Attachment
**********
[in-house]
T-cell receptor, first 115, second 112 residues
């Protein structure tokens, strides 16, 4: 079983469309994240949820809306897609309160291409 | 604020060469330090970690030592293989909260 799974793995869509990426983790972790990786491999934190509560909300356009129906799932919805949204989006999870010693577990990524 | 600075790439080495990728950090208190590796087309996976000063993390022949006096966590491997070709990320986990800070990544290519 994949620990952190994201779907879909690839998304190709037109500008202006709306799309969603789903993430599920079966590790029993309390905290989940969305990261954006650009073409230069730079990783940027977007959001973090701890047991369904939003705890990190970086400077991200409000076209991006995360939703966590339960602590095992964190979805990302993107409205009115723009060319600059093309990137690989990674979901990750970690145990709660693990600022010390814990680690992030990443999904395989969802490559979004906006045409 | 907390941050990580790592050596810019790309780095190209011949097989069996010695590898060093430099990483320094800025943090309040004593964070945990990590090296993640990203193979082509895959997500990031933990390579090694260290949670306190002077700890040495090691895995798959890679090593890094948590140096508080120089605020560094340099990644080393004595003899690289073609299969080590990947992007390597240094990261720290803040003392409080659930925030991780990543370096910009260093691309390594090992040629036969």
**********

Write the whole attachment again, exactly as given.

[in-house]
T-cell receptor, first 115, second 112 residues
């Protein structure tokens, strides 16, 4: 079983469309994240949820809306897609309160291409 | 604020060469330090970690030592293989909260 799974793995869509990426983790972790990786491999934190509560909300356009129906799932919805949204989006999870010693577990990524 | 600075790439080495990728950090208190590796087309996976000063993390022949006096966590491997070709990320986990800070990544290519 994949620990952190994201779907879909690839998304190709037109500008202006709306799309969603789903993430599920079966590790029993309390905290989940969305990261954006650009073409230069730079990783940027977007959001973090701890047991369904939003705890990190970086400077991200409000076209991006995360939703966590339960602590095992964190979805990302993107409205009115723009060319600059093309990137690989990674979901990750970690145990709660693990600022010390814990680690992030990443999904395989969802490559979004906006045409 | 907390941050990580790592050596810019790309780095190209011949097989069996010695590898060093430099990483320094800025943090309040004593964070945990990590090296993640990203193979082509895959997500990031933990390579090694260290949670306190002077700890040495090691895995798959890679090593890094948590140096508080120089605020560094340099990644080393004595003899690289073609299969080590990947992007390597240094990261720290803040003392409080659930925030991780990543370096910009260093691309390594090992040629036969």